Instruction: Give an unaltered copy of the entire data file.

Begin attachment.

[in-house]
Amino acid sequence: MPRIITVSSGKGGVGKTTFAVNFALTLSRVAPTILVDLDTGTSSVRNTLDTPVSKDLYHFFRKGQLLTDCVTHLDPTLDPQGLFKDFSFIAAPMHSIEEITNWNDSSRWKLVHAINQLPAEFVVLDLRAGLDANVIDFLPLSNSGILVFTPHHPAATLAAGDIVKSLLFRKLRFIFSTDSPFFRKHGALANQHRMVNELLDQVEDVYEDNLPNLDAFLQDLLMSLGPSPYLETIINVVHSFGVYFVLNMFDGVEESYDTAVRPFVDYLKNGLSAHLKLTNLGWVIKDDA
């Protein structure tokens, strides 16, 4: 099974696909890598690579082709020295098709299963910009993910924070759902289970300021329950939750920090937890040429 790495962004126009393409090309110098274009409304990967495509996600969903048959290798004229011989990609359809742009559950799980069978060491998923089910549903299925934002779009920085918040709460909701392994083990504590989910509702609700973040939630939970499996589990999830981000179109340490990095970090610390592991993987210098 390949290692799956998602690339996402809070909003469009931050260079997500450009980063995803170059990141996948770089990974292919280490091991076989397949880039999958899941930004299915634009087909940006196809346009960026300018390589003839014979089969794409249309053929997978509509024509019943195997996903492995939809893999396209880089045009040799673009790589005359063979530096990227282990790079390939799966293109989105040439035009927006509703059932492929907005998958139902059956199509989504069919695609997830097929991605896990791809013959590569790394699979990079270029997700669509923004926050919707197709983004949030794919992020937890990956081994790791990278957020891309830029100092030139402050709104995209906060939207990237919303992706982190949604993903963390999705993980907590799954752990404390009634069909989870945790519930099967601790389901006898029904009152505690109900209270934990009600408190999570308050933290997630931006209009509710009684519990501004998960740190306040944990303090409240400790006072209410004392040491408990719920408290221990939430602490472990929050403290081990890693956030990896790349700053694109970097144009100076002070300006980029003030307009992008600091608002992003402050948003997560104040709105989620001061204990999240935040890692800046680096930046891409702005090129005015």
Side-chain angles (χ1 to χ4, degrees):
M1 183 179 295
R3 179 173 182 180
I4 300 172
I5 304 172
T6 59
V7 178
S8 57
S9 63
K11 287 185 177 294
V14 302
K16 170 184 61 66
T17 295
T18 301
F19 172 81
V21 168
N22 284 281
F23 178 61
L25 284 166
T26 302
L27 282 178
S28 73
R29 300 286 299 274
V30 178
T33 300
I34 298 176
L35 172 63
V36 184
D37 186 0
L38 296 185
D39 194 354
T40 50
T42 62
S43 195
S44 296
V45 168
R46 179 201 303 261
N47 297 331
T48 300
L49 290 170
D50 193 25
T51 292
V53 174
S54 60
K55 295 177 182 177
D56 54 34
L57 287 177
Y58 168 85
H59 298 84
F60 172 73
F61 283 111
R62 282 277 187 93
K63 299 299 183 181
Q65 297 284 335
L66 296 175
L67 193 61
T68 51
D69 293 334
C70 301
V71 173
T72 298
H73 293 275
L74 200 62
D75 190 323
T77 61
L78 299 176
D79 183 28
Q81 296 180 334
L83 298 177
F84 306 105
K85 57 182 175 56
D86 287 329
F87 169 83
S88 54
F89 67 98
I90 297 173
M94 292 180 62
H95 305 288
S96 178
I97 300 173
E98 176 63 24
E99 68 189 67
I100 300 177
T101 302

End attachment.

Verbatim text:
[in-house]
Amino acid sequence: MPRIITVSSGKGGVGKTTFAVNFALTLSRVAPTILVDLDTGTSSVRNTLDTPVSKDLYHFFRKGQLLTDCVTHLDPTLDPQGLFKDFSFIAAPMHSIEEITNWNDSSRWKLVHAINQLPAEFVVLDLRAGLDANVIDFLPLSNSGILVFTPHHPAATLAAGDIVKSLLFRKLRFIFSTDSPFFRKHGALANQHRMVNELLDQVEDVYEDNLPNLDAFLQDLLMSLGPSPYLETIINVVHSFGVYFVLNMFDGVEESYDTAVRPFVDYLKNGLSAHLKLTNLGWVIKDDA
């Protein structure tokens, strides 16, 4: 099974696909890598690579082709020295098709299963910009993910924070759902289970300021329950939750920090937890040429 790495962004126009393409090309110098274009409304990967495509996600969903048959290798004229011989990609359809742009559950799980069978060491998923089910549903299925934002779009920085918040709460909701392994083990504590989910509702609700973040939630939970499996589990999830981000179109340490990095970090610390592991993987210098 390949290692799956998602690339996402809070909003469009931050260079997500450009980063995803170059990141996948770089990974292919280490091991076989397949880039999958899941930004299915634009087909940006196809346009960026300018390589003839014979089969794409249309053929997978509509024509019943195997996903492995939809893999396209880089045009040799673009790589005359063979530096990227282990790079390939799966293109989105040439035009927006509703059932492929907005998958139902059956199509989504069919695609997830097929991605896990791809013959590569790394699979990079270029997700669509923004926050919707197709983004949030794919992020937890990956081994790791990278957020891309830029100092030139402050709104995209906060939207990237919303992706982190949604993903963390999705993980907590799954752990404390009634069909989870945790519930099967601790389901006898029904009152505690109900209270934990009600408190999570308050933290997630931006209009509710009684519990501004998960740190306040944990303090409240400790006072209410004392040491408990719920408290221990939430602490472990929050403290081990890693956030990896790349700053694109970097144009100076002070300006980029003030307009992008600091608002992003402050948003997560104040709105989620001061204990999240935040890692800046680096930046891409702005090129005015």
Side-chain angles (χ1 to χ4, degrees):
M1 183 179 295
R3 179 173 182 180
I4 300 172
I5 304 172
T6 59
V7 178
S8 57
S9 63
K11 287 185 177 294
V14 302
K16 170 184 61 66
T17 295
T18 301
F19 172 81
V21 168
N22 284 281
F23 178 61
L25 284 166
T26 302
L27 282 178
S28 73
R29 300 286 299 274
V30 178
T33 300
I34 298 176
L35 172 63
V36 184
D37 186 0
L38 296 185
D39 194 354
T40 50
T42 62
S43 195
S44 296
V45 168
R46 179 201 303 261
N47 297 331
T48 300
L49 290 170
D50 193 25
T51 292
V53 174
S54 60
K55 295 177 182 177
D56 54 34
L57 287 177
Y58 168 85
H59 298 84
F60 172 73
F61 283 111
R62 282 277 187 93
K63 299 299 183 181
Q65 297 284 335
L66 296 175
L67 193 61
T68 51
D69 293 334
C70 301
V71 173
T72 298
H73 293 275
L74 200 62
D75 190 323
T77 61
L78 299 176
D79 183 28
Q81 296 180 334
L83 298 177
F84 306 105
K85 57 182 175 56
D86 287 329
F87 169 83
S88 54
F89 67 98
I90 297 173
M94 292 180 62
H95 305 288
S96 178
I97 300 173
E98 176 63 24
E99 68 189 67
I100 300 177
T101 302